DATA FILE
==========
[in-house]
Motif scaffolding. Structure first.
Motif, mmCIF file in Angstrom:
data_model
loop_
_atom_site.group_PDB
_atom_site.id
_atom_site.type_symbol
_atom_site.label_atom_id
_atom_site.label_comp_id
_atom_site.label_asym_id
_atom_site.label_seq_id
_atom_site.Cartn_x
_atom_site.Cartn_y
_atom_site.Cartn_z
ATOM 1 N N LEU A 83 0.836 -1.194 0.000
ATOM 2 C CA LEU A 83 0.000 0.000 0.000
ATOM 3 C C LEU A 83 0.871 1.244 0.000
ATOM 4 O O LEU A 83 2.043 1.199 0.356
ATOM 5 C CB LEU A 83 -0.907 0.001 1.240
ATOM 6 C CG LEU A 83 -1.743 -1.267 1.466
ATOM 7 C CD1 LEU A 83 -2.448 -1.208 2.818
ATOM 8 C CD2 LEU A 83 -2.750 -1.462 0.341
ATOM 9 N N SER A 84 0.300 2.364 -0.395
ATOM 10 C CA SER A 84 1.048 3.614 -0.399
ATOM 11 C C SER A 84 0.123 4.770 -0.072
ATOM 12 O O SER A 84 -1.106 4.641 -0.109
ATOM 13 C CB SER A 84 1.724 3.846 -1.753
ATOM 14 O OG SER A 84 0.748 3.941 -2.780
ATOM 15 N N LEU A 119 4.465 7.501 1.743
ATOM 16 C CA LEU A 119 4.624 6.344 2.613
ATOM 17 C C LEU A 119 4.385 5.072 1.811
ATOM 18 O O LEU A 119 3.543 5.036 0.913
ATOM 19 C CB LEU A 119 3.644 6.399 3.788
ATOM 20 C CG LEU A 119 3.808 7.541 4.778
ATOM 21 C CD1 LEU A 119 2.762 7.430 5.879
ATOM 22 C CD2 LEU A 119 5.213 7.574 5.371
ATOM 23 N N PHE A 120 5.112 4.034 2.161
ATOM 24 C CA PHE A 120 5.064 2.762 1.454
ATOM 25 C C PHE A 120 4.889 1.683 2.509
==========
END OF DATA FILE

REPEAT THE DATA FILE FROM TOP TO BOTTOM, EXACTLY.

[in-house]
Motif scaffolding. Structure first.
Motif, mmCIF file in Angstrom:
data_model
loop_
_atom_site.group_PDB
_atom_site.id
_atom_site.type_symbol
_atom_site.label_atom_id
_atom_site.label_comp_id
_atom_site.label_asym_id
_atom_site.label_seq_id
_atom_site.Cartn_x
_atom_site.Cartn_y
_atom_site.Cartn_z
ATOM 1 N N LEU A 83 0.836 -1.194 0.000
ATOM 2 C CA LEU A 83 0.000 0.000 0.000
ATOM 3 C C LEU A 83 0.871 1.244 0.000
ATOM 4 O O LEU A 83 2.043 1.199 0.356
ATOM 5 C CB LEU A 83 -0.907 0.001 1.240
ATOM 6 C CG LEU A 83 -1.743 -1.267 1.466
ATOM 7 C CD1 LEU A 83 -2.448 -1.208 2.818
ATOM 8 C CD2 LEU A 83 -2.750 -1.462 0.341
ATOM 9 N N SER A 84 0.300 2.364 -0.395
ATOM 10 C CA SER A 84 1.048 3.614 -0.399
ATOM 11 C C SER A 84 0.123 4.770 -0.072
ATOM 12 O O SER A 84 -1.106 4.641 -0.109
ATOM 13 C CB SER A 84 1.724 3.846 -1.753
ATOM 14 O OG SER A 84 0.748 3.941 -2.780
ATOM 15 N N LEU A 119 4.465 7.501 1.743
ATOM 16 C CA LEU A 119 4.624 6.344 2.613
ATOM 17 C C LEU A 119 4.385 5.072 1.811
ATOM 18 O O LEU A 119 3.543 5.036 0.913
ATOM 19 C CB LEU A 119 3.644 6.399 3.788
ATOM 20 C CG LEU A 119 3.808 7.541 4.778
ATOM 21 C CD1 LEU A 119 2.762 7.430 5.879
ATOM 22 C CD2 LEU A 119 5.213 7.574 5.371
ATOM 23 N N PHE A 120 5.112 4.034 2.161
ATOM 24 C CA PHE A 120 5.064 2.762 1.454
ATOM 25 C C PHE A 120 4.889 1.683 2.509